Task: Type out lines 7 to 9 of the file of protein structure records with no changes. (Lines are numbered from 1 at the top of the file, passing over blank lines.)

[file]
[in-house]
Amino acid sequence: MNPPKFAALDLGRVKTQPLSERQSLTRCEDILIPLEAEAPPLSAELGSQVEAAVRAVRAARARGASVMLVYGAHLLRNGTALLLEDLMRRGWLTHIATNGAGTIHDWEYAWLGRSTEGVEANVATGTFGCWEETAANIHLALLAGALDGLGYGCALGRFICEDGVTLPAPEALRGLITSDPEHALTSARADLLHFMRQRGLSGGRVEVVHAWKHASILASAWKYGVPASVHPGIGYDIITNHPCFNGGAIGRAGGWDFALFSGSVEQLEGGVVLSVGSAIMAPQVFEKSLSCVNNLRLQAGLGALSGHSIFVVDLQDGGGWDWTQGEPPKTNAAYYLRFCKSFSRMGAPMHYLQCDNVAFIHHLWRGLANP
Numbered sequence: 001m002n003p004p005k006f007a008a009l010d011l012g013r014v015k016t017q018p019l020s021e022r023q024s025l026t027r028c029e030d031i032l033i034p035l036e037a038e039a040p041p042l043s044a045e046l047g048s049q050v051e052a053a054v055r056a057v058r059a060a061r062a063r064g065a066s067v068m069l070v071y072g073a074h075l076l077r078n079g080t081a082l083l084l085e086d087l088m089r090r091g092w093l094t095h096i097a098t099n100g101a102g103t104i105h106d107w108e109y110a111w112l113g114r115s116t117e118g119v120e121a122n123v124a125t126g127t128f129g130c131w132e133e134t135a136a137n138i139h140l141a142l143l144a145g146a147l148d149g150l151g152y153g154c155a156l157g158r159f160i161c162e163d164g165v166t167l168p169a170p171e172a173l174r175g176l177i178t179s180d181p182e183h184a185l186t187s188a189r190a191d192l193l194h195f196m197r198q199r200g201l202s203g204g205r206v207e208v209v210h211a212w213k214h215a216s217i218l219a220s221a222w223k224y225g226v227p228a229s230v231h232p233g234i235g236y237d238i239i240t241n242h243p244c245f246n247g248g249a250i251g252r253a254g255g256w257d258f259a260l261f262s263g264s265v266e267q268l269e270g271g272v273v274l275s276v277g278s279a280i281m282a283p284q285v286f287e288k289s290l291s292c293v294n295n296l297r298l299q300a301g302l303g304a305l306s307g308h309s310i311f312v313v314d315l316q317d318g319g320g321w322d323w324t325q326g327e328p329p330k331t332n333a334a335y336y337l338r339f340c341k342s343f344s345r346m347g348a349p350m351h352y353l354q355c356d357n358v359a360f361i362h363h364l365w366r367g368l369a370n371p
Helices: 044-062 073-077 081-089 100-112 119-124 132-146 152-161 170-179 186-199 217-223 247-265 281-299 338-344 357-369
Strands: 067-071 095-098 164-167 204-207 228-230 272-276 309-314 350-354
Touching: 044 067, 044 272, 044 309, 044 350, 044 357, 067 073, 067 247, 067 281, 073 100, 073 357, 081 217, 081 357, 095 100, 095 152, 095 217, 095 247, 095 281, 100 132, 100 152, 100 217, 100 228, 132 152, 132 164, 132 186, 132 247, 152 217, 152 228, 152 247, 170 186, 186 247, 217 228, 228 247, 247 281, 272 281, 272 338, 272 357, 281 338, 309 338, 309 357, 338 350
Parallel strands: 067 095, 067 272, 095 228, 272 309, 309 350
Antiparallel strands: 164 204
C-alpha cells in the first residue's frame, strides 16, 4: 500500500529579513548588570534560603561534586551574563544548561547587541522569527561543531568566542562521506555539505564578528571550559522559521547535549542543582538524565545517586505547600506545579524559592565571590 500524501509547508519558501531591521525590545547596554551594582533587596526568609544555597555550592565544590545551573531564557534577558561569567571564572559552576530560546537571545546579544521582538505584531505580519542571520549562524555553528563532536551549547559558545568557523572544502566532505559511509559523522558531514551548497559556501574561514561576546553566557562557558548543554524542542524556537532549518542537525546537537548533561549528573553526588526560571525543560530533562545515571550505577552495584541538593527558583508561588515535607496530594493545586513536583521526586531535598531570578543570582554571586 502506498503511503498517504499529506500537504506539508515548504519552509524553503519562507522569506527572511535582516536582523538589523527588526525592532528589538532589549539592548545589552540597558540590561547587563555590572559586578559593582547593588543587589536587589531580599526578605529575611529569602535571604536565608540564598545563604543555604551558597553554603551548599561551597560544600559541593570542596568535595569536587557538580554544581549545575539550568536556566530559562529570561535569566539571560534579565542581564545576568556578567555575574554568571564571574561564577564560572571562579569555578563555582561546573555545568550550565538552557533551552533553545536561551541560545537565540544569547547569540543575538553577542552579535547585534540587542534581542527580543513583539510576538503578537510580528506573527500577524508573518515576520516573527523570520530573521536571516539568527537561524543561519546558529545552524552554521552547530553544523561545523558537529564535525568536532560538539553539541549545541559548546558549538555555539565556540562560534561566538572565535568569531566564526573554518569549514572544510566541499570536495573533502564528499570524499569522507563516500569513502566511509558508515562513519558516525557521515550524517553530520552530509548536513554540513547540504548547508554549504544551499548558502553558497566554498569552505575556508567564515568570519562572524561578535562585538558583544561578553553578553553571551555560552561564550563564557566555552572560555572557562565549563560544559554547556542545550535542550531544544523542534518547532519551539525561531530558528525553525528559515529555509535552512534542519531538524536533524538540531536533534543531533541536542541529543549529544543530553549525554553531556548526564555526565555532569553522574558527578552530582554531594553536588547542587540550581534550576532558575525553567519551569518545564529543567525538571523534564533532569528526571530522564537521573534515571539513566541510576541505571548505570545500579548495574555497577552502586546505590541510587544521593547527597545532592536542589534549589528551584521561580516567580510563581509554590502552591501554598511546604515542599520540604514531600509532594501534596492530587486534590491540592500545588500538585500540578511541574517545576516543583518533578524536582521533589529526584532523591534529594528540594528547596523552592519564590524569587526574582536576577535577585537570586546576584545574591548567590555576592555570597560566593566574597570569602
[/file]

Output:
Parallel strands: 067 095, 067 272, 095 228, 272 309, 309 350
Antiparallel strands: 164 204
C-alpha cells in the first residue's frame, strides 16, 4: 500500500529579513548588570534560603561534586551574563544548561547587541522569527561543531568566542562521506555539505564578528571550559522559521547535549542543582538524565545517586505547600506545579524559592565571590 500524501509547508519558501531591521525590545547596554551594582533587596526568609544555597555550592565544590545551573531564557534577558561569567571564572559552576530560546537571545546579544521582538505584531505580519542571520549562524555553528563532536551549547559558545568557523572544502566532505559511509559523522558531514551548497559556501574561514561576546553566557562557558548543554524542542524556537532549518542537525546537537548533561549528573553526588526560571525543560530533562545515571550505577552495584541538593527558583508561588515535607496530594493545586513536583521526586531535598531570578543570582554571586 502506498503511503498517504499529506500537504506539508515548504519552509524553503519562507522569506527572511535582516536582523538589523527588526525592532528589538532589549539592548545589552540597558540590561547587563555590572559586578559593582547593588543587589536587589531580599526578605529575611529569602535571604536565608540564598545563604543555604551558597553554603551548599561551597560544600559541593570542596568535595569536587557538580554544581549545575539550568536556566530559562529570561535569566539571560534579565542581564545576568556578567555575574554568571564571574561564577564560572571562579569555578563555582561546573555545568550550565538552557533551552533553545536561551541560545537565540544569547547569540543575538553577542552579535547585534540587542534581542527580543513583539510576538503578537510580528506573527500577524508573518515576520516573527523570520530573521536571516539568527537561524543561519546558529545552524552554521552547530553544523561545523558537529564535525568536532560538539553539541549545541559548546558549538555555539565556540562560534561566538572565535568569531566564526573554518569549514572544510566541499570536495573533502564528499570524499569522507563516500569513502566511509558508515562513519558516525557521515550524517553530520552530509548536513554540513547540504548547508554549504544551499548558502553558497566554498569552505575556508567564515568570519562572524561578535562585538558583544561578553553578553553571551555560552561564550563564557566555552572560555572557562565549563560544559554547556542545550535542550531544544523542534518547532519551539525561531530558528525553525528559515529555509535552512534542519531538524536533524538540531536533534543531533541536542541529543549529544543530553549525554553531556548526564555526565555532569553522574558527578552530582554531594553536588547542587540550581534550576532558575525553567519551569518545564529543567525538571523534564533532569528526571530522564537521573534515571539513566541510576541505571548505570545500579548495574555497577552502586546505590541510587544521593547527597545532592536542589534549589528551584521561580516567580510563581509554590502552591501554598511546604515542599520540604514531600509532594501534596492530587486534590491540592500545588500538585500540578511541574517545576516543583518533578524536582521533589529526584532523591534529594528540594528547596523552592519564590524569587526574582536576577535577585537570586546576584545574591548567590555576592555570597560566593566574597570569602